Car­rot, not stick, will win change

The Weekend Australian - Review - - Clean Energy - CAMERON O’REILLY

PUB­LIC con­cern about cli­mate change has in re­cent years trans­lated into higher sales by Aus­tralia’s clean en­ergy re­tail­ers. Cus­tomers of ac­cred­ited ‘‘ GreenPower’’ grew by 6000 a week in the fi­nal quar­ter of 2007 and by the end of the year some 724,000 cus­tomers were con­nected to GreenPower — trans­lat­ing into 349,000 megawatt hours of gen­er­a­tion.

Many of those cus­tomers pay a pre­mium to sup­port cleaner en­ergy, re­flect­ing a will­ing­ness to vol­un­tar­ily con­trib­ute to the fight against cli­mate change. Those cus­tomers amount to around 8 per cent of po­ten­tial users. Growth con­tin­ues un­abated.

Hid­den in the na­tional fig­ures are some strik­ing out­comes. In Vic­to­ria over 265,000 house­holds, or nearly 15 per cent of res­i­den­tial cus­tomers, have con­nected to GreenPower. By con­trast in NSW, de­spite its higher pop­u­la­tion, the fig­ure was 189,000 house­holds. Rather than be­ing a re­flec­tion of height­ened con­cerns in Vic­to­ria, it is more likely that the dif­fer­ence stems from the more com­pet­i­tive re­tail mar­ket ex­ists in that state.

Re­tail­ers un­der poli­cies of Full Re­tail Com­pe­ti­tion ( FRC) must ac­tively com­pete for mar­ket share as all cus­tomers are con­testable. In Vic­to­ria this com­pe­ti­tion has seen up to 25 per cent of cus­tomers switch­ing sup­plier each year.

The switch­ing, or ‘‘ churn’’, is largely in re­sponse to ex­ten­sive in­dus­try mar­ket­ing to cus­tomers. Through that mar­ket­ing, sup­pli­ers can dis­tin­guish them­selves by of­fer­ing lower prices, bet­ter ser­vice or more en­vi­ron­men­tally con­scious ‘‘ green’’ prod­ucts. Vic­to­ri­ans have more re­tail­ers bring­ing Greenpower to their doorstep.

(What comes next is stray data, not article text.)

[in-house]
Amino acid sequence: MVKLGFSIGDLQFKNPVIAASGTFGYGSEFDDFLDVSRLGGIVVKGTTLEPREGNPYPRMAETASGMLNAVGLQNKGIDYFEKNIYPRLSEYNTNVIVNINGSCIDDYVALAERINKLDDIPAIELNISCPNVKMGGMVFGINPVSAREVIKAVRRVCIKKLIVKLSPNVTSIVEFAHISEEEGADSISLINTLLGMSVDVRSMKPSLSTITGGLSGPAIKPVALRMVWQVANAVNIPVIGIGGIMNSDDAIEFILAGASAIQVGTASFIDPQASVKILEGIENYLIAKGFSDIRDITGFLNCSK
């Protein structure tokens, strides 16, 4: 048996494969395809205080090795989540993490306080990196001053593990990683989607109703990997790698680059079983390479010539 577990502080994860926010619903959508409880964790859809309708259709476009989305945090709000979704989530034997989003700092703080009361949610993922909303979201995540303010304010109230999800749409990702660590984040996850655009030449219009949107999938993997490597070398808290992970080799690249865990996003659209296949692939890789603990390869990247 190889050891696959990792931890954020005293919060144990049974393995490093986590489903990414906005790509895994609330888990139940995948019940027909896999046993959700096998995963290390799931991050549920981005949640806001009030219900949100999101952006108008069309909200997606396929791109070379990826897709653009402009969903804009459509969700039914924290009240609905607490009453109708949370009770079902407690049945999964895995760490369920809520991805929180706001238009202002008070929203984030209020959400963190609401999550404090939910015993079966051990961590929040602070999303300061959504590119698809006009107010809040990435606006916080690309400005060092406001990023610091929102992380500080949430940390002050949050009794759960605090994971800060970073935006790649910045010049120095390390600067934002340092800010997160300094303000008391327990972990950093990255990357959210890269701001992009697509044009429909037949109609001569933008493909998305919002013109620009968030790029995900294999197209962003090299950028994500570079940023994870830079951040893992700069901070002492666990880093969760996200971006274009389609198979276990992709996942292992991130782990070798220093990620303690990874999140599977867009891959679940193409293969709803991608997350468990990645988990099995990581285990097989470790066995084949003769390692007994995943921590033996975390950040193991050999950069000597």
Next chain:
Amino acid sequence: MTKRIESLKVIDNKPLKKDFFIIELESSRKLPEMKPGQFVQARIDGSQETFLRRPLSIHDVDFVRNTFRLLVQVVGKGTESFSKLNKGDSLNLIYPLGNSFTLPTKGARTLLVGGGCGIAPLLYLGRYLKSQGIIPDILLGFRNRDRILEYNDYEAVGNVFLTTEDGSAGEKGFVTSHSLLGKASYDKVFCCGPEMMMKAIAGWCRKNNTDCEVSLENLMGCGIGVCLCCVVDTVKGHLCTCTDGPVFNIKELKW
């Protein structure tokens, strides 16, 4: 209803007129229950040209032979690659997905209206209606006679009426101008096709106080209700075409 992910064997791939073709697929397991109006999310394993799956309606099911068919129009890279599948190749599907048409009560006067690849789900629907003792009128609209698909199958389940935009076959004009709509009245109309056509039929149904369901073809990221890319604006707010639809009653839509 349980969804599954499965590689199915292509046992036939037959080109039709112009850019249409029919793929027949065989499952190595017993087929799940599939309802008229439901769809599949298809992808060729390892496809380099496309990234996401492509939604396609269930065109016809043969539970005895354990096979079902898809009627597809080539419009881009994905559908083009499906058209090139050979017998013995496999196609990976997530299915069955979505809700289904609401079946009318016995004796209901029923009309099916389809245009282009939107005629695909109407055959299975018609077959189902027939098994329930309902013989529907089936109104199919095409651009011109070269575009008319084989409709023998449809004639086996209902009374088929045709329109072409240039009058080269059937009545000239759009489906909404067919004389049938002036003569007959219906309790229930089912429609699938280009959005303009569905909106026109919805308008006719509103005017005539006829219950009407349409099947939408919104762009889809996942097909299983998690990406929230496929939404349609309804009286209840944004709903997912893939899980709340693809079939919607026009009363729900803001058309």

While to date the re­sponse by house­holds to sup­port­ing cleaner en­ergy has been vol­un­tary, the Na­tional Emis­sions Trad­ing Scheme ( NETS) is about to rev­o­lu­tionise the gen­er­a­tion sec­tor in favour of cleaner sources. As a re­sult, all house­holds will be sup­port­ing cleaner en­ergy, and in the process pay­ing higher prices.

Through the cre­ation of the Na­tional Elec­tric­ity Mar­ket ( NEM) and the de­vel­op­ment of com­pe­ti­tion in gen­er­a­tion and re­tail, the eco­nomic di­rec­tion of ear­lier re­forms was in favour of the low­est- cost en­ergy sources. That en­ergy ar­chi­tec­ture will re­main in place, but the iden­tity of the low­est- cost en­ergy source will change once the new car­bon mar­ket is es­tab­lished.

By putting a price on car­bon, the NETS will overnight al­ter the com­pet­i­tive po­si­tion, or the dis­patch or­der, of gen­er­a­tors op­er­at­ing in the NEM. Coal- based gen­er­a­tors will find a price on car­bon emis­sions takes away their com­pet­i­tive edge against lower emis­sion sources such as gas and wind.

Most will wel­come this de­vel­op­ment as the price to pay for re­spond­ing to cli­mate change. It does mean, how­ever, that the dis­tri­bu­tional im­pacts of the NETS will be un­even. There will be win­ners and losers in the gen­er­a­tion sec­tor and the higher level of over­all prices will hit lower- in­come house­holds hard­est. This has been ac­knowl­edged by Gov­ern­ment cli­mate change ad­viser Ross Gar­naut.

For re­tail­ers it will be a chal­lenge to ex­plain the ris­ing prices to cus­tomers caused by the NETS. As they do with whole­sale prices, re­tail­ers will help con­sumers man­age the volatil­ity of car­bon mar­kets but passthrough mech­a­nisms will be cru­cial. Such mech­a­nisms will make re­tail price reg­u­la­tion in­creas­ingly il­log­i­cal.

Higher prices are likely to trans­late into more fo­cus on en­ergy ef­fi­ciency to off­set the over­all im­pacts of more ex­pen­sive en­ergy. Re­tail­ers through their cus­tomers have the best un­der­stand­ing of en­ergy ef­fi­cient prac­tices, al­though they do not in­flu­ence the ap­pli­ance pur­chas­ing and build­ing de­sign de­ci­sions that cus­tomers take.

Nev­er­the­less, in a world of more ex­pen­sive en­ergy the role of a re­tailer is likely to change from mar­ket­ing GreenPower to one of help­ing cus­tomers ad­just. Mar­ket in­cen­tives for en­ergy ef­fi­ciency rather than costly and pre­scrip­tive gov­ern­ment pro­grams will achieve the best out­comes in this new world of en­ergy re­tail­ing.

Cameron O’Reilly is Ex­ec­u­tive Di­rec­tor of the En­ergy Re­tail­ers As­so­ci­a­tion of Aus­tralia

Newspapers in English

Newspapers from Australia

© PressReader. All rights reserved.